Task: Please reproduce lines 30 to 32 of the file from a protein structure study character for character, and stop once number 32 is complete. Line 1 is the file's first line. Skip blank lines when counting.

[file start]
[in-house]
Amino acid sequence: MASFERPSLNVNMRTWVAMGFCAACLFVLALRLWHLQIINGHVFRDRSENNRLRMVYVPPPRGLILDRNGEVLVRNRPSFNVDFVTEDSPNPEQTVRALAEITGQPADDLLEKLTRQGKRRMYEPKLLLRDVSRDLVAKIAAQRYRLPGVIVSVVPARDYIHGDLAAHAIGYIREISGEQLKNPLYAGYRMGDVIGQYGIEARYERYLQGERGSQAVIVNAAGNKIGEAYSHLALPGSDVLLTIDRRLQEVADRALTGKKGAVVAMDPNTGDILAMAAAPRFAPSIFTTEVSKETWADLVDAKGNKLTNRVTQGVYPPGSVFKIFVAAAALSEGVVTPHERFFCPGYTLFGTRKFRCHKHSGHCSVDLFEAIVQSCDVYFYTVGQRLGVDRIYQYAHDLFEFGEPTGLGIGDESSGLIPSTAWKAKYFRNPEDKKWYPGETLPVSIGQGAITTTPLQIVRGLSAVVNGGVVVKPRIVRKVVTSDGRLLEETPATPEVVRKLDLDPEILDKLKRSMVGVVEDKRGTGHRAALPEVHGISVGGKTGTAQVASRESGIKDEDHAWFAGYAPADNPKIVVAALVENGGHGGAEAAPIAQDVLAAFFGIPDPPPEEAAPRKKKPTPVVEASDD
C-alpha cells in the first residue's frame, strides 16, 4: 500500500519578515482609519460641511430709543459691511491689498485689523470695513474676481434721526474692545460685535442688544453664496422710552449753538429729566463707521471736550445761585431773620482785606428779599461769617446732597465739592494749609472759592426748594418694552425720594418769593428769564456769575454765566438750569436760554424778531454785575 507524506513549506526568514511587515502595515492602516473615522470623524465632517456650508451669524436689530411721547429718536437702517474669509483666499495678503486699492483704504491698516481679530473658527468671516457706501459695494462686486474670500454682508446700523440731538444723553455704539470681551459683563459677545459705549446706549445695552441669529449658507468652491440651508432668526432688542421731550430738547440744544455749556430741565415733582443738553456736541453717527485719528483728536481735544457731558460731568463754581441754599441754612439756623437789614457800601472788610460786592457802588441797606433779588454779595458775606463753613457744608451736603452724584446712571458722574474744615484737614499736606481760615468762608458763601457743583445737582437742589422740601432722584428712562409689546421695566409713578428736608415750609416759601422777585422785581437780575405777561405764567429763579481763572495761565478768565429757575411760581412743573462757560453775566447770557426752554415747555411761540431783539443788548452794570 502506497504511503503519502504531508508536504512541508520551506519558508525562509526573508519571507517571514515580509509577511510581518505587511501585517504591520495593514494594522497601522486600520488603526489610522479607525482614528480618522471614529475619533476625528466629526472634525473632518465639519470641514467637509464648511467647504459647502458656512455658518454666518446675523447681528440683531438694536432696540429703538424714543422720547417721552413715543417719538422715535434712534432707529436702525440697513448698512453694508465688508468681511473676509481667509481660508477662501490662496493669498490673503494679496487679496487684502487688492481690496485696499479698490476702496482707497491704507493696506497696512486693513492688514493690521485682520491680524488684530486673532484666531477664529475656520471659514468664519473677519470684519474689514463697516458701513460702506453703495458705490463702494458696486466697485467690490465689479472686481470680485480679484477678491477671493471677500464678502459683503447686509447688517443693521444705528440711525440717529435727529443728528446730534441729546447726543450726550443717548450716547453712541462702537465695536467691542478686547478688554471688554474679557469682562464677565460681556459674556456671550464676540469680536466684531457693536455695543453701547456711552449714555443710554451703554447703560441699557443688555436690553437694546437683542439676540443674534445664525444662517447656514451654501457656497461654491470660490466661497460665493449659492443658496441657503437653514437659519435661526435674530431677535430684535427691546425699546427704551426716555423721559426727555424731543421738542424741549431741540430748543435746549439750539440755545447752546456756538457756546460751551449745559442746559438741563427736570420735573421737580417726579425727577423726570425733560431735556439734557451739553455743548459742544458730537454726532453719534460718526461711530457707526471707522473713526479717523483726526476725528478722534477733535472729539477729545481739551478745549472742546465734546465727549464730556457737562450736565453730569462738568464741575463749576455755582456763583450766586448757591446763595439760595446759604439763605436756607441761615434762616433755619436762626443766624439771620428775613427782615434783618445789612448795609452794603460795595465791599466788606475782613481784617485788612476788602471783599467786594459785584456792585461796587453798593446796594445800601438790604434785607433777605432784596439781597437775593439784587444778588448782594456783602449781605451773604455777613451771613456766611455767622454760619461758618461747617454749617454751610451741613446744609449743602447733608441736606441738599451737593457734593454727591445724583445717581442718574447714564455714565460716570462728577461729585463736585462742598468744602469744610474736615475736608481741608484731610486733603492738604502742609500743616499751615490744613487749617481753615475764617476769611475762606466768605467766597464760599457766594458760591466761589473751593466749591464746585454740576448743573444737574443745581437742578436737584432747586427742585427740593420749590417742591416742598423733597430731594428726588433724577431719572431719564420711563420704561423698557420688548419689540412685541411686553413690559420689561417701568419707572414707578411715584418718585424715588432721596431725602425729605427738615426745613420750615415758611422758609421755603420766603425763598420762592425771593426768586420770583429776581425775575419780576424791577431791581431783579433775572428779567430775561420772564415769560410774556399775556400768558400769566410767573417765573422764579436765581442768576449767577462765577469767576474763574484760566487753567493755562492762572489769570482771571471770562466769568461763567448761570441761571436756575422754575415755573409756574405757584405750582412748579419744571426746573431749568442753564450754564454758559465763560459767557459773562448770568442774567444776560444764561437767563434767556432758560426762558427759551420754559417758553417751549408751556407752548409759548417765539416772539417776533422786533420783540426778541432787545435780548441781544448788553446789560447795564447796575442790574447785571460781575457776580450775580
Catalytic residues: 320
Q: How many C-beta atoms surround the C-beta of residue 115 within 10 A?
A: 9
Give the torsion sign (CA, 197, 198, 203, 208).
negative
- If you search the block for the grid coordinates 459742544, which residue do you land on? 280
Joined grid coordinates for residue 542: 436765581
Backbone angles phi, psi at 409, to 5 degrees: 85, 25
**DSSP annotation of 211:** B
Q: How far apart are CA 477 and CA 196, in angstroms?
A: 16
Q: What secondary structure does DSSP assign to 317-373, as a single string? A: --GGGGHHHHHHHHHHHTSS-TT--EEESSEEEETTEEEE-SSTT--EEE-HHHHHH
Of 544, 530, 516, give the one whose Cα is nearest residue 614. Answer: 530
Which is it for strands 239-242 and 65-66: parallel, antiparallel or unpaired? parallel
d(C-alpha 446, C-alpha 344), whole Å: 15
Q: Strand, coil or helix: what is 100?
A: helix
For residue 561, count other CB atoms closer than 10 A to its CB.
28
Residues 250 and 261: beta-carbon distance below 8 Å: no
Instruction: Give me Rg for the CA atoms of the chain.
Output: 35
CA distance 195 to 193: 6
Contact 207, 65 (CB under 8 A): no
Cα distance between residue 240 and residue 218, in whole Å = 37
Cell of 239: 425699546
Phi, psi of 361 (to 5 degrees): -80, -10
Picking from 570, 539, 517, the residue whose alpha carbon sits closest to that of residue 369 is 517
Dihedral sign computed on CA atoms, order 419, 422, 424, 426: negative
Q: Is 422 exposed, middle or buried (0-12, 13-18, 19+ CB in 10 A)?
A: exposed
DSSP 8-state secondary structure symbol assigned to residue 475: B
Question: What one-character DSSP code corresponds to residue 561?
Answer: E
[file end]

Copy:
Phi, psi of 361 (to 5 degrees): -80, -10
Picking from 570, 539, 517, the residue whose alpha carbon sits closest to that of residue 369 is 517
Dihedral sign computed on CA atoms, order 419, 422, 424, 426: negative